Either way at the 3600 price bracket today you are looking at 6c6t from intel which is going to be even worse than a 7700k in terms of context switching performance...
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#12
ZoneDymo
wow 20 bucks on nearly 500 dollars? imma get like 100 of them badboiz

AsRock, post: 4129203, member: 40310"
Maybe it's better to sell them now at a loss or closer to a loss than have a total loss.
you dont seriously think these prices are anywhere close to a loss right?
or are you saying the prices should be lowered a lot further then they are doing here now?
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#13
john_
20% in the title.
$25 in reality

You have to love percentages:peace:
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#14
fynxer
Haha 30 buck cut for 9900KF, they must really had a hard time with making that calculation.

People at Intel are so cheap that they cry when taking a dump.

A price cut of 100 buck would have shaken up the market a little bit BUT 30 buck will hardly make a dent in to AMD owning 80% of consumer cpu sales.

They are trying to hold out for as long as possible BUT it will just make it worse. Not until Intel's consumer segment is on life support (under 10% sales) will they understand that REAL price cuts that is necessary to compete with AMD.

These are the cuts Intel should have made
9900KF ~$379
9700KF ~$279
9600KF ~$199
This would give AMD a run for their money, given the maturity and good yield of 14++++++++++ process these prices is no problem for Intel.
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#15
john_
fynxer, post: 4129278, member: 103789"
Not until Intel's consumer segment is on life support (under 10% sales) will they understand that REAL price cuts that is necessary to compete with AMD.
Even if they go down to 1% of the retail market, they wouldn't cut those prices significantly, if they still sell a huge number of CPUs to OEMs. And the prices you posted, probably they are already in effect with OEMs, so Intel probably is just fine.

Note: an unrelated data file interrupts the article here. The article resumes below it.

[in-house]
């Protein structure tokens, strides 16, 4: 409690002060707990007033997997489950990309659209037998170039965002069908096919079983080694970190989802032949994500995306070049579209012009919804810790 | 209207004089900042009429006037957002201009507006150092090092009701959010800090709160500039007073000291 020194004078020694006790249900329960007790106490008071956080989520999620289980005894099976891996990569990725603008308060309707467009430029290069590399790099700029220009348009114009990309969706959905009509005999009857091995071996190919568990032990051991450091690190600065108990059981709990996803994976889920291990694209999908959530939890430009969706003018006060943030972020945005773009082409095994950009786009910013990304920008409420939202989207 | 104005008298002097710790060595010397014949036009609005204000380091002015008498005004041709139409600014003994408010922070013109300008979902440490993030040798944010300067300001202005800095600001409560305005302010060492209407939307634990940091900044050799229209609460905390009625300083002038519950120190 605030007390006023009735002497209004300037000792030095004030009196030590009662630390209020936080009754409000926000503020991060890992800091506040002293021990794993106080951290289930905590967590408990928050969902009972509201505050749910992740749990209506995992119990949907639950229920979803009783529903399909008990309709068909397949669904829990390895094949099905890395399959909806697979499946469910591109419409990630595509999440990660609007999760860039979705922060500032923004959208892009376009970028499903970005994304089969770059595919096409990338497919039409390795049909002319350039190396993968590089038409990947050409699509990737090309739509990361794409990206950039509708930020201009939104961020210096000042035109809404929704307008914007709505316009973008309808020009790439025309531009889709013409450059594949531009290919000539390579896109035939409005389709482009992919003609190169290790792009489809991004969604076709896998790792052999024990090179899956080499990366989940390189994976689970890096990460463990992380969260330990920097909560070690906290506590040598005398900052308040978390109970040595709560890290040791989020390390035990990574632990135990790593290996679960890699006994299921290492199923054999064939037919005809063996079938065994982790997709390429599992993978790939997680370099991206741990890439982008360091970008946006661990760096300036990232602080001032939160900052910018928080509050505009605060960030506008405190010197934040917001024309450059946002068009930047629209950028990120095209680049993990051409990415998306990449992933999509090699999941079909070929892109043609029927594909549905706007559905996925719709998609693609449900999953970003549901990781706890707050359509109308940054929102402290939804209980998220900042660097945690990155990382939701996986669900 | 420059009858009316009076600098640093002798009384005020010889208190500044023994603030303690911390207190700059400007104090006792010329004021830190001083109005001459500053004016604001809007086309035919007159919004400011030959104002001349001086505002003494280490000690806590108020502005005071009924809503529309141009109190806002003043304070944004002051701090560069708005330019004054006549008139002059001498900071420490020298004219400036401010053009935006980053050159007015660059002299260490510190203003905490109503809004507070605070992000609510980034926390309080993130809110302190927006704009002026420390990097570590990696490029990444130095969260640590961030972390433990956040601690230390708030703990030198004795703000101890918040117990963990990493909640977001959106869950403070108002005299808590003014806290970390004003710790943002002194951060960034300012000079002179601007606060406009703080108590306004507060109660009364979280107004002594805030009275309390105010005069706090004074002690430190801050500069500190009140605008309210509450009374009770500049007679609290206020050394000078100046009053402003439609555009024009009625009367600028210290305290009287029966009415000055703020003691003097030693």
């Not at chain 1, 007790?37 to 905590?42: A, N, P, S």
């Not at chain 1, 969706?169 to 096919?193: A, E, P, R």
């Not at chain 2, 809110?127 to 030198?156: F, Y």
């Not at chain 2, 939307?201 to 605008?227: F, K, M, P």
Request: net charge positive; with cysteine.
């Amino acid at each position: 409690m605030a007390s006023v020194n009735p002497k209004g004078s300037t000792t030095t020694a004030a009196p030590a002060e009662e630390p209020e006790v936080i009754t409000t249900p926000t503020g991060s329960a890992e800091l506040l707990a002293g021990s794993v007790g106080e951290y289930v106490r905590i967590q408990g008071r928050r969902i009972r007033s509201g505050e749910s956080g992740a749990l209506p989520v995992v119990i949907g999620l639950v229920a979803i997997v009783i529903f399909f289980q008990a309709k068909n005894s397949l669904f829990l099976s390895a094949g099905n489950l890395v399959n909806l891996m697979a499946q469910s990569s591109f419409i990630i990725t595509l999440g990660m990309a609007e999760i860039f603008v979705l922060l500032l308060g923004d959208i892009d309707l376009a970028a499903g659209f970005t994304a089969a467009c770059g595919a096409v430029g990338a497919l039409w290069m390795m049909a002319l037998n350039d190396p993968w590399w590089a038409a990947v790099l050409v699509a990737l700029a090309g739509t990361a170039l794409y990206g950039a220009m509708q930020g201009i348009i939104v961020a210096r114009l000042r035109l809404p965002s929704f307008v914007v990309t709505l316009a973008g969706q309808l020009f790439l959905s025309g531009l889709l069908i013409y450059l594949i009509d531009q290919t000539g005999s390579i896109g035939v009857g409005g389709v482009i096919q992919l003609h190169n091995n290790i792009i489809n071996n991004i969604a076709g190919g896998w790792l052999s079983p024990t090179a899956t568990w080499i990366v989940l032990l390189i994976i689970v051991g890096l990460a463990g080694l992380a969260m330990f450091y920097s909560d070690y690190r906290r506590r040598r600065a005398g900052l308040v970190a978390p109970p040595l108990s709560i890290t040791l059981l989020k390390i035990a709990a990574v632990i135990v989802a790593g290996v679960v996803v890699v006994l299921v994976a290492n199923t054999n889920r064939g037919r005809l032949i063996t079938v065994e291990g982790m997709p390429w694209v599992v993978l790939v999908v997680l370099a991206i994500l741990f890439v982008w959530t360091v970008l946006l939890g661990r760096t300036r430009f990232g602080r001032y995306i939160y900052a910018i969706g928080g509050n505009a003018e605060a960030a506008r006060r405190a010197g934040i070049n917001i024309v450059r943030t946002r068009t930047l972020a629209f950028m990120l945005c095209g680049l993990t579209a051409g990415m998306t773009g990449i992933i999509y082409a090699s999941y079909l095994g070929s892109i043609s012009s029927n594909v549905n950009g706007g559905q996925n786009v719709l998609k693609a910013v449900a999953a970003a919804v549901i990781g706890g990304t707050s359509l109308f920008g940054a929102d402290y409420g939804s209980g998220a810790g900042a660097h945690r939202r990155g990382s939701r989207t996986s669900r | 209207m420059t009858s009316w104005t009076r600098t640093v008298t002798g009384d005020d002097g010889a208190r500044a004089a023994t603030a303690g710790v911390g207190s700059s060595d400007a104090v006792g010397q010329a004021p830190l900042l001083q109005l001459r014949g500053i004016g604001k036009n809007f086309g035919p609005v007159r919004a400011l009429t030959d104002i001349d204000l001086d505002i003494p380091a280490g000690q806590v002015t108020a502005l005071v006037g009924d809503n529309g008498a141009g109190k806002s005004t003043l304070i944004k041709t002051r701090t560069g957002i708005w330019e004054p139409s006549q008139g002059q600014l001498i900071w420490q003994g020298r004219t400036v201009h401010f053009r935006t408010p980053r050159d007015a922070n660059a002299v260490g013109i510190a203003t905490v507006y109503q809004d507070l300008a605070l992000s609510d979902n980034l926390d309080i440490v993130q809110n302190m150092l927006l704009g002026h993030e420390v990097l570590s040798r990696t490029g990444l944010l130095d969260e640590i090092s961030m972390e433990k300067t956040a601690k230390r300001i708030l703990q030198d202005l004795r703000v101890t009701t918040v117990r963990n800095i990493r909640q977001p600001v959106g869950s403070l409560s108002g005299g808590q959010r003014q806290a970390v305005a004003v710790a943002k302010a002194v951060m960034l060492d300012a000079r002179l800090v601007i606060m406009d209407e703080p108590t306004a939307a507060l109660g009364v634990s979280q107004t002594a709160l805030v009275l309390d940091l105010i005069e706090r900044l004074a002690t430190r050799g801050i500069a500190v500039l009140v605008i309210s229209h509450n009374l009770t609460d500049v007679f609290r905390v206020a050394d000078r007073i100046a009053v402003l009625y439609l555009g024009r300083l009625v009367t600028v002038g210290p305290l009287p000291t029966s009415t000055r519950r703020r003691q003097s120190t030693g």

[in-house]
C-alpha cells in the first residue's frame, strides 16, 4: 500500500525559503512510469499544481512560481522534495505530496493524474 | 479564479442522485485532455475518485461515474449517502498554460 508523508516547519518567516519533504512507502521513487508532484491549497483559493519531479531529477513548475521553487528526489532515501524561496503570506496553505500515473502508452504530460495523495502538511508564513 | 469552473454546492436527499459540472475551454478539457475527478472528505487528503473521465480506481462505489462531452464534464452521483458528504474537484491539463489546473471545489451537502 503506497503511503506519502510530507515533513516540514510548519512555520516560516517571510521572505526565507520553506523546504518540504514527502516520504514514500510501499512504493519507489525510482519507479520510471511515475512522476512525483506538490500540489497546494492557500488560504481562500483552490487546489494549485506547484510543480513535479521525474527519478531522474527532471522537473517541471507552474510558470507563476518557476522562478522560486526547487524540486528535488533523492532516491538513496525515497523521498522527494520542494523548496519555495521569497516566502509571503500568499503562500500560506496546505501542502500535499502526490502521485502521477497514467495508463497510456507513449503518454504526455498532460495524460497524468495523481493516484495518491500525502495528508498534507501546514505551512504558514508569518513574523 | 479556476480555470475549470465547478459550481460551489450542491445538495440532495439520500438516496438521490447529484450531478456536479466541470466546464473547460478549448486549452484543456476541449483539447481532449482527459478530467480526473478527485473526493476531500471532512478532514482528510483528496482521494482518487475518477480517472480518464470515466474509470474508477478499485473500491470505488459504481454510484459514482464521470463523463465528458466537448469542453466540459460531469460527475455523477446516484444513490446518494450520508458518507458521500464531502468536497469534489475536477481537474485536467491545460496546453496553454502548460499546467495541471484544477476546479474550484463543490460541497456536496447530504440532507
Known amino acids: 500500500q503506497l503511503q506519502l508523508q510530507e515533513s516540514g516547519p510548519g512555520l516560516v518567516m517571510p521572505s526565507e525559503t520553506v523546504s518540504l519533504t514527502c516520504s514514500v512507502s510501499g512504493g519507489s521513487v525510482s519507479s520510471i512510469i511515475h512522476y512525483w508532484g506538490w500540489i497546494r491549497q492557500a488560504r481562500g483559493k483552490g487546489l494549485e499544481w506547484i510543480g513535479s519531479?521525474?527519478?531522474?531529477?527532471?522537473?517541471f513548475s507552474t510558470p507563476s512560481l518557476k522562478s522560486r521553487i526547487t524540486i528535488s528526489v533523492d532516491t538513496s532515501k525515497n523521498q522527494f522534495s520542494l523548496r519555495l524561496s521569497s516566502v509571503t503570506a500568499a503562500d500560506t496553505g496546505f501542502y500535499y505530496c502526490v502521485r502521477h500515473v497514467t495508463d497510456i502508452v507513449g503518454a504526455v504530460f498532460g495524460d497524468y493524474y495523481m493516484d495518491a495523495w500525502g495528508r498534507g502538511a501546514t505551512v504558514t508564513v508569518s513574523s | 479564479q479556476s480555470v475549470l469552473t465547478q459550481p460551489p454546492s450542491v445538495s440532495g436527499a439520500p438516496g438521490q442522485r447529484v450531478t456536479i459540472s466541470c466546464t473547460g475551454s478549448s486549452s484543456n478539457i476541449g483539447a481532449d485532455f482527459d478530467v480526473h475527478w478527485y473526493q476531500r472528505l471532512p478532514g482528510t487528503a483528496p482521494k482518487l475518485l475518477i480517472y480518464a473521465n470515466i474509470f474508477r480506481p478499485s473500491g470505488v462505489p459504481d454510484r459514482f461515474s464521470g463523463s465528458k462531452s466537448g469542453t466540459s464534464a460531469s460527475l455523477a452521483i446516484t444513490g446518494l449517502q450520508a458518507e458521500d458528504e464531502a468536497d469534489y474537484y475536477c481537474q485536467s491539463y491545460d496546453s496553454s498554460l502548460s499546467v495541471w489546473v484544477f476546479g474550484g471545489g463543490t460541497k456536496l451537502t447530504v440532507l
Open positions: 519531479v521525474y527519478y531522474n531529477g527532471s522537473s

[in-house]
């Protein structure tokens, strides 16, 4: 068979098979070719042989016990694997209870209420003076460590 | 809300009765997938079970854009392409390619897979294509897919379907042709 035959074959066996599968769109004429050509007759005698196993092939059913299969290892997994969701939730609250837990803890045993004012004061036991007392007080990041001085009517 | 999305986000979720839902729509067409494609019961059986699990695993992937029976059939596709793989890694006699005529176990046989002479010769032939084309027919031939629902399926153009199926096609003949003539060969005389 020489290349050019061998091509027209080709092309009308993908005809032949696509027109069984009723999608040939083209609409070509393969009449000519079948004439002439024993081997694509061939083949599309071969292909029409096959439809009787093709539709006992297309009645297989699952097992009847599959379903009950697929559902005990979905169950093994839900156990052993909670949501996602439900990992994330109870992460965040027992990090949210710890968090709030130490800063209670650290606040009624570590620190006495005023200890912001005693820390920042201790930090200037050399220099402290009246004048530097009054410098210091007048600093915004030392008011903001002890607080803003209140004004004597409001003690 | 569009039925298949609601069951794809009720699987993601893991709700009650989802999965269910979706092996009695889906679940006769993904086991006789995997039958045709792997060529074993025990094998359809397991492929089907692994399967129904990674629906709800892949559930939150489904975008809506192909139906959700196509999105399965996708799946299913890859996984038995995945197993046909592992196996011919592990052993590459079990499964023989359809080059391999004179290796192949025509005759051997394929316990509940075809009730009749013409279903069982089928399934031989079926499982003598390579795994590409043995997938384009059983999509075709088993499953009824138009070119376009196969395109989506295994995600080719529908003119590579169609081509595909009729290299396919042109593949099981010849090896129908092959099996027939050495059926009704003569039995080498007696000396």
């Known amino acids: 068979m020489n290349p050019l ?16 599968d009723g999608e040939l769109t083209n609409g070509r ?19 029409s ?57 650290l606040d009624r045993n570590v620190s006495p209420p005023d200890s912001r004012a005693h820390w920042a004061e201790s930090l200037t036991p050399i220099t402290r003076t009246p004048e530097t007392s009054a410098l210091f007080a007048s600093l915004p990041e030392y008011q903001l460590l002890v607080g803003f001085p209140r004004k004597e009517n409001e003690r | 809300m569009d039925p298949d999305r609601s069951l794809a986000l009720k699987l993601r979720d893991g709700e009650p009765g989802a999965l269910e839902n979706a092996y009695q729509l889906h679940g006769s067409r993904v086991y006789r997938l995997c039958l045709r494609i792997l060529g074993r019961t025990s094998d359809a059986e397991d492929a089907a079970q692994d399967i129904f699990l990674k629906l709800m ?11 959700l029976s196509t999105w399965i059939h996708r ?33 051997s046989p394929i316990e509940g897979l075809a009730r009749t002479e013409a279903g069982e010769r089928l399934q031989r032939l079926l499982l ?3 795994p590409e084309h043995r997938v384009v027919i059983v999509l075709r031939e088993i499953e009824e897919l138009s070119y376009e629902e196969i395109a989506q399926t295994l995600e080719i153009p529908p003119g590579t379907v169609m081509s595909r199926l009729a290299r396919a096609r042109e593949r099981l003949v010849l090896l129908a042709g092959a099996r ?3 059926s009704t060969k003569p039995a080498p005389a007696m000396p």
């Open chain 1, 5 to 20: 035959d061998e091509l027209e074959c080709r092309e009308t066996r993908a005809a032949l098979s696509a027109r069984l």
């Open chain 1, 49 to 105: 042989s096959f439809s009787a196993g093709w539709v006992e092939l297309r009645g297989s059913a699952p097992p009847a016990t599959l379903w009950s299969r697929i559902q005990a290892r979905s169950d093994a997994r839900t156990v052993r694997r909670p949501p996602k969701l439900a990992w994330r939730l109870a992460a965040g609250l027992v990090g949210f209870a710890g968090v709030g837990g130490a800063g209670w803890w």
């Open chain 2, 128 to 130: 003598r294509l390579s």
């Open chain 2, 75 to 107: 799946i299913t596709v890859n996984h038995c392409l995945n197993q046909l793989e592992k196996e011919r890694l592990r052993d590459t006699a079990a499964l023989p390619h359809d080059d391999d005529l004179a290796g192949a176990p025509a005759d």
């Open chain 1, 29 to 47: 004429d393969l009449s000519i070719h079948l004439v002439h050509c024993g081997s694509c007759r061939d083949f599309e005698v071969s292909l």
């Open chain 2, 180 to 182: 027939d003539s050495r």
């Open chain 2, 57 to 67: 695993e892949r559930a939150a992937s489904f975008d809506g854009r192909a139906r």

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#16
R0H1T
Well yeah Intel's blood line still remains their channel partners, OEM, ODM sales & of course (enterprise) servers. DIY doesn't even register on the Richter scale for them.

This is precisely why they've been able to get away with overcharging for parts that ought to have been priced lower, especially in the recent past.
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#17
GorbazTheDragon
Agreed, but AMD is finally starting to put some attention into pushing their products through OEM sales and they are making leaps and bounds on the HPC/server market. So intel does need to make the right moves in the next 2-3 years.
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#18
zo0lykas
Need change topic u see price cut around 20 dollars
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#19
Shatun_Bear
GorbazTheDragon, post: 4129206, member: 148736"
Lol just moved to a 3600 last week and it's really impressive how bad the security fixes hit... Basically couldn't do anything in the background with a 7700k or games would start stuttering...

I really can't recommend any of those parts at all.
That's the thing - 9900K, 9700K have also been hammered by security patches but reviewers do not test with the numerous patches that have been released over the past 2 years.

I would like TPU to do benches with security patches applied to mimic what consumers will experience at home.
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#20
GorbazTheDragon
Problem is if you are using a relatively clean install and not doing anything in the background it's fine, the performance is barely going to be different (it seems like 0 difference if you are using a true benching setup with stripped windoze)... But for me even turning on Discord gave me some noticeable stuttering, and a lot of people have small apps open in the background while they play.